Ranking food

Do lists of the best food matter?

By 
Lindsey Ramsey, Contributing Editor

A list claiming to celebrate the best in college foodservice, compiled by food website "The Daily Meal," was released last week. The list included the usual suspects at the top—Virginia Tech, Bowdoin and Washington University in St. Louis were the top three—but the list got me thinking about why media outlets are obsessed with lists like this and what it takes to create one.

We at FoodService Director are no stranger to lists (see our 20 Most Influential) though we are hesitant to rank our lists like "The Daily Meal." Who are we to say whom on our list is more influential than someone else on the list? And does the ranking part really even matter? I suppose to the people on the list the ranking might be something to boast about, especially in college foodservice since rivalries are a healthy part of college life. But what is really interesting about "The Daily Meal’s" list is how it did the rankings. Here is what it looked for, according to its website:

“To rank the schools that did make the cut, we graded them on a variety of criteria. Each could earn up to five points in each of the categories below.
 

  • Healthy Food: Meals that are fresh, made from scratch and cooked in small batches
  • Events: Themed dinners, picnics, cooking classes—anything to engage undergrads
  • Local: Programs that support the community with local purchases
  • Sustainable: Incorporating eco-friendly practices into the dining program
  • Accessibility and Service: How easy it is for students to connect with dining services and how well they are taken care of
  • The X Factor: Something that made our jaws drop”

Now the 51 colleges and universities that made "The Daily Meal’s" list all met this criteria. So how did they decide No. 52 (Dartmouth) from No. 51 (the University of New Hampshire). It seems to me that the ROI of the process of ranking these great programs just isn’t there. But perhaps I’m wrong. I’ll turn it over to you.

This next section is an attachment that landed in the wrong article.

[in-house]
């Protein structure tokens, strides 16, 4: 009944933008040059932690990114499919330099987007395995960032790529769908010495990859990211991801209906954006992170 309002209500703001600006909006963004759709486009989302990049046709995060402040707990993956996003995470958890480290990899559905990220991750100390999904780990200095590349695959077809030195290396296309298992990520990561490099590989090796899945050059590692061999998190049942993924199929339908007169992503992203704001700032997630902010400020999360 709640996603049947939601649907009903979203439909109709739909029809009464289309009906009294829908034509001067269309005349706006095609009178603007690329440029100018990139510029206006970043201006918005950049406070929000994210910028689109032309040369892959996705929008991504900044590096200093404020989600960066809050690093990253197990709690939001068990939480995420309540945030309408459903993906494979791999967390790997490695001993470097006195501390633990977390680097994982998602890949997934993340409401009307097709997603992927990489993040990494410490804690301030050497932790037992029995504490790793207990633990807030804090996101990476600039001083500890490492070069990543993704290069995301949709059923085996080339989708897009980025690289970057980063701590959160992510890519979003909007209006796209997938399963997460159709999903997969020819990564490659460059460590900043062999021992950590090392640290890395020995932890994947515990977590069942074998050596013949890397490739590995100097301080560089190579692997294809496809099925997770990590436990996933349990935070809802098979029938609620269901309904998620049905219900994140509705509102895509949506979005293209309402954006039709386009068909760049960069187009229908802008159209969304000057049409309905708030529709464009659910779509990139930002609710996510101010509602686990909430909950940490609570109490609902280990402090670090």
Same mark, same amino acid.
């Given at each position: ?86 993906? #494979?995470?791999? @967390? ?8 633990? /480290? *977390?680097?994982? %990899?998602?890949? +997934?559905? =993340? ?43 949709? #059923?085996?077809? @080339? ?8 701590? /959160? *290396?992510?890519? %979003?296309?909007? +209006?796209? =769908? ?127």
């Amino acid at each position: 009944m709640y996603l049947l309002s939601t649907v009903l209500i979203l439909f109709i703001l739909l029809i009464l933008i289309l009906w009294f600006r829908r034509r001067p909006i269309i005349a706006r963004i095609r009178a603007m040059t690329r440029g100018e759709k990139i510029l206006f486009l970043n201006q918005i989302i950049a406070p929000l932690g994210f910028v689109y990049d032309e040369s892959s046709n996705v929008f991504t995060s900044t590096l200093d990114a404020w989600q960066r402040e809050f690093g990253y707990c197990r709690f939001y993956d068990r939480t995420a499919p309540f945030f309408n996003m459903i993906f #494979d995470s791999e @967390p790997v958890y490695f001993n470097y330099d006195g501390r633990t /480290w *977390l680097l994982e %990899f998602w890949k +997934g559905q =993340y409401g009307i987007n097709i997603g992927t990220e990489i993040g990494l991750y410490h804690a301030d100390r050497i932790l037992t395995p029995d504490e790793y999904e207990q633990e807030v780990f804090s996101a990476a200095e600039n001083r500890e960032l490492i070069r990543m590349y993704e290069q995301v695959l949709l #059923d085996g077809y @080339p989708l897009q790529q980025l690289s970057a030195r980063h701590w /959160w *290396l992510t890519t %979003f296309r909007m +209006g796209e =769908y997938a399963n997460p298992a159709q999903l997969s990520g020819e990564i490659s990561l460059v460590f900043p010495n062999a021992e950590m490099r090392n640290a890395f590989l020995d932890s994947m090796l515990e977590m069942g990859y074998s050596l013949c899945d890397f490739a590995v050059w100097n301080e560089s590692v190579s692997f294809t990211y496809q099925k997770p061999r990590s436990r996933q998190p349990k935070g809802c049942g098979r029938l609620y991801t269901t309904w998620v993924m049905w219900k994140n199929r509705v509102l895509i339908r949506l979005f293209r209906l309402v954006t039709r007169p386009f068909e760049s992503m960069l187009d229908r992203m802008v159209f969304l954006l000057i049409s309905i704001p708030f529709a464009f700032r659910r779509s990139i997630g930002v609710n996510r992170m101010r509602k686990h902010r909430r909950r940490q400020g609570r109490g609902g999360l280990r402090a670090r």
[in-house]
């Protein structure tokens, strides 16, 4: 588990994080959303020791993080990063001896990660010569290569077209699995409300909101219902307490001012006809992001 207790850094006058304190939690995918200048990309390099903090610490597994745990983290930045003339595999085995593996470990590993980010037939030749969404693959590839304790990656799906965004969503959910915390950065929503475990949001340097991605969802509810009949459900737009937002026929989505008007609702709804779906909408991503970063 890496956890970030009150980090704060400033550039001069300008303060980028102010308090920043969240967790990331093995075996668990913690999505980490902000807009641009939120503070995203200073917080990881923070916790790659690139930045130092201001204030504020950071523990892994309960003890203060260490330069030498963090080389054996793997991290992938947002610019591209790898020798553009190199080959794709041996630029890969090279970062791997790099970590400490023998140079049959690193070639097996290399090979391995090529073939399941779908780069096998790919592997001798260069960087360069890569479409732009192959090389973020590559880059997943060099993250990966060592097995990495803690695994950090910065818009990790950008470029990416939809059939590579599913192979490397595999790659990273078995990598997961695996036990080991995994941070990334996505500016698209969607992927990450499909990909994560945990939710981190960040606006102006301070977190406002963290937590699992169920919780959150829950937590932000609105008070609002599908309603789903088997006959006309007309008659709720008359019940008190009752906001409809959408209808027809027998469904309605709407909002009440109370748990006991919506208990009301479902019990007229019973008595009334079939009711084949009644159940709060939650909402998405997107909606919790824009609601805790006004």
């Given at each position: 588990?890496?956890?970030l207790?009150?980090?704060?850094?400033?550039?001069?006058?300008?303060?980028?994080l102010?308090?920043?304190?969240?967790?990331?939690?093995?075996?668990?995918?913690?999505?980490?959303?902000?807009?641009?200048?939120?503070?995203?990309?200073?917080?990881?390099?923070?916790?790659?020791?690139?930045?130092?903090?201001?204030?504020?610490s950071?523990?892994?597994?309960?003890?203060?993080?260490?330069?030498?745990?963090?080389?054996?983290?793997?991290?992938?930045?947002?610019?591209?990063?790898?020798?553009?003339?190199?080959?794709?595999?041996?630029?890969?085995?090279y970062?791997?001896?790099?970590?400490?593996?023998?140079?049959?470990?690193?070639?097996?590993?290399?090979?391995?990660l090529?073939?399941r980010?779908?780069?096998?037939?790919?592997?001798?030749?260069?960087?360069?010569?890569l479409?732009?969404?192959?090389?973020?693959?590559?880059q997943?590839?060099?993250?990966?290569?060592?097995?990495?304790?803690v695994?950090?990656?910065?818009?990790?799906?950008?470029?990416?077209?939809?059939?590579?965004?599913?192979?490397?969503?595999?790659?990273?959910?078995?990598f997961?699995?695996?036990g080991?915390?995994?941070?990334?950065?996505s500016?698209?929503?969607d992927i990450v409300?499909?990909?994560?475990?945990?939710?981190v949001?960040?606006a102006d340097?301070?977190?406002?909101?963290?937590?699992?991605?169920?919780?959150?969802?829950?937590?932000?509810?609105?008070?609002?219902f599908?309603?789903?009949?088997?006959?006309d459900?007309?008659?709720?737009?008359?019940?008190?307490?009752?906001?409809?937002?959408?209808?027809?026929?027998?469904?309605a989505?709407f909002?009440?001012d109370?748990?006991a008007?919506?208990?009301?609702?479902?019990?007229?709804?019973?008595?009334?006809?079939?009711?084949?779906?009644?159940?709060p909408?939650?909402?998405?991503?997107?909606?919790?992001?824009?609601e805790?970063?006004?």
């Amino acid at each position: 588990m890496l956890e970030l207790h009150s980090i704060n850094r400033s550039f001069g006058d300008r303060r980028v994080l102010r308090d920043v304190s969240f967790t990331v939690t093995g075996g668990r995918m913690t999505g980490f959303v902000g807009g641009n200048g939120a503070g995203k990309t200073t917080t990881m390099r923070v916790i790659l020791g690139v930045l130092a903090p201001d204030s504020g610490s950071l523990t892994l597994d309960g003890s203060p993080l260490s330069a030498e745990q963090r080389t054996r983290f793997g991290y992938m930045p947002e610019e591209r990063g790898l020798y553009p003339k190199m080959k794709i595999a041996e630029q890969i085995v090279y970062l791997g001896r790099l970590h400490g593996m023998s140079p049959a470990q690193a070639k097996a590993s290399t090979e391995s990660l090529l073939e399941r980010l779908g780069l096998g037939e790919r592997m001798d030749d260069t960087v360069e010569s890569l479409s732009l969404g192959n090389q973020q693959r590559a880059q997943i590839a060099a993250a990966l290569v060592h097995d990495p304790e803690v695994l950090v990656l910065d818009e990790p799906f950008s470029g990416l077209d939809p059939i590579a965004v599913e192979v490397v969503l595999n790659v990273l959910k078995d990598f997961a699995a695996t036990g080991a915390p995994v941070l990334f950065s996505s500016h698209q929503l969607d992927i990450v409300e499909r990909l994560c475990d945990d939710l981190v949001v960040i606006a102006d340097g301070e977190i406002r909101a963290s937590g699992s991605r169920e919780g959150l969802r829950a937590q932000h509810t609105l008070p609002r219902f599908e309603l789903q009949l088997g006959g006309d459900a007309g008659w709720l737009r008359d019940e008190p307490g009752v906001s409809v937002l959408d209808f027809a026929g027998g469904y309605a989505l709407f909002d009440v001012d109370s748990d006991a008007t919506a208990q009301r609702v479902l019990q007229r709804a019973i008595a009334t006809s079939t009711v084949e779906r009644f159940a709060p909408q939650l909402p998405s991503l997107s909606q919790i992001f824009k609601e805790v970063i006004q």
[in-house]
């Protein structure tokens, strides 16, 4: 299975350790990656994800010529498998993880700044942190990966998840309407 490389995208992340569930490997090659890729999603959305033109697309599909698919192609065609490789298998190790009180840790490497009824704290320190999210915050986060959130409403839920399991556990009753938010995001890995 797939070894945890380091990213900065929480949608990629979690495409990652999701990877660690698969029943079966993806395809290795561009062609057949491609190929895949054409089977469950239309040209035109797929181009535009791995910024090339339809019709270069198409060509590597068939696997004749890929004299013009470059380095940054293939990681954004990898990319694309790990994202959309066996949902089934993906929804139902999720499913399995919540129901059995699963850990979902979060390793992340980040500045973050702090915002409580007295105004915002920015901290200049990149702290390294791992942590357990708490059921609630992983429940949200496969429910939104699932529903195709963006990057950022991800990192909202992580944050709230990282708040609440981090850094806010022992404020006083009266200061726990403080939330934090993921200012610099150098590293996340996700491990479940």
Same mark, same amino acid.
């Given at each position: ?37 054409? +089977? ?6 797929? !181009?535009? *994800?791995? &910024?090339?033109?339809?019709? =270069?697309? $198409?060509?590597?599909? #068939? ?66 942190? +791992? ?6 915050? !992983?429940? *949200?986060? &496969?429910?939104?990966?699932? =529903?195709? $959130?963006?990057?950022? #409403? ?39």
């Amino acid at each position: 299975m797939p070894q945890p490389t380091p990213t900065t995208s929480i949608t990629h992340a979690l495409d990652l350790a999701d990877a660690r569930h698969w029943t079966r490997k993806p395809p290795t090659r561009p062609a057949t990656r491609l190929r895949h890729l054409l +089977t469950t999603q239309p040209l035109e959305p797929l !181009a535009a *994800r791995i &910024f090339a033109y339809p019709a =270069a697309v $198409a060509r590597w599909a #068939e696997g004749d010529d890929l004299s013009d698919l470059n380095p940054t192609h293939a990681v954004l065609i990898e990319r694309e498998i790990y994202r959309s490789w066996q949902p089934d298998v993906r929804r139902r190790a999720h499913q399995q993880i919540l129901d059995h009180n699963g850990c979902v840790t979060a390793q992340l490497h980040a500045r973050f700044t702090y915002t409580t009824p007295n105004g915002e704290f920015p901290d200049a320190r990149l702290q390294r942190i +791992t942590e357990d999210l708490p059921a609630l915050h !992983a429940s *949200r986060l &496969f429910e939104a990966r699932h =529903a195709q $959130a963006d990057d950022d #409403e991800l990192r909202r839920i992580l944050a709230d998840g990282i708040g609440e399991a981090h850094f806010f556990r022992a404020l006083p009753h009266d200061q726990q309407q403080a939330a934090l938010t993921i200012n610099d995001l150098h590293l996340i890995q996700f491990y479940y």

What do you think the value of these types of lists is? And where do you stand on just presenting a list of the best versus actually going through the trouble to rank them? Let us know in the comments or send an email to lramsey@cspnet.com.

More From FoodService Director

Industry News & Opinion

The University of Maryland will begin offering weekly specials at all of its dining halls this semester, The Diamond Back reports.

The weekday specials will allow Dining Services to offer past menu items that students miss as well as new dishes students have been requesting, according to a spokesperson.

Students can find out which specials are being offered each week via dining hall table tents as well as through Dining Services’ social media. During select weeks, the specials may reflect a particular theme, such as Taste of the South.

Read the full story via...

Menu Development
salad chicken

Vegetables and grains have stepped into the spotlight, thanks to the “flipping the plate” trend, but protein is still an important part of a balanced diet. Sources including meat, cheese, nuts, and meat alternatives such as tofu and tempeh can and should still be on the plate—albeit as a side dish or topping rather than the main event.

“Whatever we do [as FSDs] needs to be rooted in the culture, and today’s culture is all about healthy eating and plant-focused meals,” says Chris Studtmann, executive chef at Northwestern University in Evanston, Ill. “A recipe is an idea; culture is...

Menu Development
jackfruit

It emerged as a top food trend on Pinterest’s 2017 predictions, is “the latest miracle food” according to Epicurious, and was called “a nutritional bonanza” by NPR. Jackfruit is the latest superfood garnering buzz, and Even Stevens Sandwiches has gone after the vegetarian-friendly option for a recently launched torta. Here, Culinary Director Brandon Price shares three lessons learned from adding jackfruit to the menu.

Finding the best form

Using fresh jackfruit wasn’t the answer for the chain. It has to be sourced internationally, and breaking it down cuts into labor costs. But...

Ideas and Innovation
hibachi grill cooking

We saw in 2016 that many operators were trying to have some type of display cooking in their food operation. We installed a hibachi grill this fall, and within three months we had 300 residents and guests make reservations. We also use our hibachi grill for cooking classes twice a month, where our hibachi chef Abby Kramer does an excellent job teaching different cuisines. We have received so many compliments that we have decided to get another hibachi grill for a different dining venue in 2017.

FSD Resources